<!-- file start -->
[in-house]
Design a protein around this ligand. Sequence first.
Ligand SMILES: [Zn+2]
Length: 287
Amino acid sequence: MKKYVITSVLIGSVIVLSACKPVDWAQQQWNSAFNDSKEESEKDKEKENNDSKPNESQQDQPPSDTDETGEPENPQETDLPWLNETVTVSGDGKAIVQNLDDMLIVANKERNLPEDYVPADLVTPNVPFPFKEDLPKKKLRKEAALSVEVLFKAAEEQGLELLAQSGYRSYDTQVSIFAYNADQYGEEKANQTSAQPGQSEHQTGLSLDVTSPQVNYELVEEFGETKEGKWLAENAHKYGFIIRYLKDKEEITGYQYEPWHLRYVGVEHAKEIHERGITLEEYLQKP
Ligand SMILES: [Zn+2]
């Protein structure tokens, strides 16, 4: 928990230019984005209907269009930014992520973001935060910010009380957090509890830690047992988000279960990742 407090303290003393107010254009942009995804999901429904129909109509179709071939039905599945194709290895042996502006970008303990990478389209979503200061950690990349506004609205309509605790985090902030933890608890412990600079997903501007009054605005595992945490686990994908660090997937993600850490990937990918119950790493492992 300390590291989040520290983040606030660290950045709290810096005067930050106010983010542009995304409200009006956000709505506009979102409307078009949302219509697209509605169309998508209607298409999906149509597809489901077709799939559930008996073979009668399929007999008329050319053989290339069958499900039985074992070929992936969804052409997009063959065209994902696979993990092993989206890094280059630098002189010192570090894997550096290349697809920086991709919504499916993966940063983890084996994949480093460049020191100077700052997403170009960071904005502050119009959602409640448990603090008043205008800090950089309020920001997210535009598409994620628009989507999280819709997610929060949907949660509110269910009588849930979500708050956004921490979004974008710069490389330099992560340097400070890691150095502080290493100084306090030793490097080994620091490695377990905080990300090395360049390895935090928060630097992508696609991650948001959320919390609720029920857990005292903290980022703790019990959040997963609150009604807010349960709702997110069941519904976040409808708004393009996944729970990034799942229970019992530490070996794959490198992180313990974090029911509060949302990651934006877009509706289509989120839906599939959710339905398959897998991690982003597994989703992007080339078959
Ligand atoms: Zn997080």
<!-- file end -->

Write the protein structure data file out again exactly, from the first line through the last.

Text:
[in-house]
Design a protein around this ligand. Sequence first.
Ligand SMILES: [Zn+2]
Length: 287
Amino acid sequence: MKKYVITSVLIGSVIVLSACKPVDWAQQQWNSAFNDSKEESEKDKEKENNDSKPNESQQDQPPSDTDETGEPENPQETDLPWLNETVTVSGDGKAIVQNLDDMLIVANKERNLPEDYVPADLVTPNVPFPFKEDLPKKKLRKEAALSVEVLFKAAEEQGLELLAQSGYRSYDTQVSIFAYNADQYGEEKANQTSAQPGQSEHQTGLSLDVTSPQVNYELVEEFGETKEGKWLAENAHKYGFIIRYLKDKEEITGYQYEPWHLRYVGVEHAKEIHERGITLEEYLQKP
Ligand SMILES: [Zn+2]
């Protein structure tokens, strides 16, 4: 928990230019984005209907269009930014992520973001935060910010009380957090509890830690047992988000279960990742 407090303290003393107010254009942009995804999901429904129909109509179709071939039905599945194709290895042996502006970008303990990478389209979503200061950690990349506004609205309509605790985090902030933890608890412990600079997903501007009054605005595992945490686990994908660090997937993600850490990937990918119950790493492992 300390590291989040520290983040606030660290950045709290810096005067930050106010983010542009995304409200009006956000709505506009979102409307078009949302219509697209509605169309998508209607298409999906149509597809489901077709799939559930008996073979009668399929007999008329050319053989290339069958499900039985074992070929992936969804052409997009063959065209994902696979993990092993989206890094280059630098002189010192570090894997550096290349697809920086991709919504499916993966940063983890084996994949480093460049020191100077700052997403170009960071904005502050119009959602409640448990603090008043205008800090950089309020920001997210535009598409994620628009989507999280819709997610929060949907949660509110269910009588849930979500708050956004921490979004974008710069490389330099992560340097400070890691150095502080290493100084306090030793490097080994620091490695377990905080990300090395360049390895935090928060630097992508696609991650948001959320919390609720029920857990005292903290980022703790019990959040997963609150009604807010349960709702997110069941519904976040409808708004393009996944729970990034799942229970019992530490070996794959490198992180313990974090029911509060949302990651934006877009509706289509989120839906599939959710339905398959897998991690982003597994989703992007080339078959
Ligand atoms: Zn997080």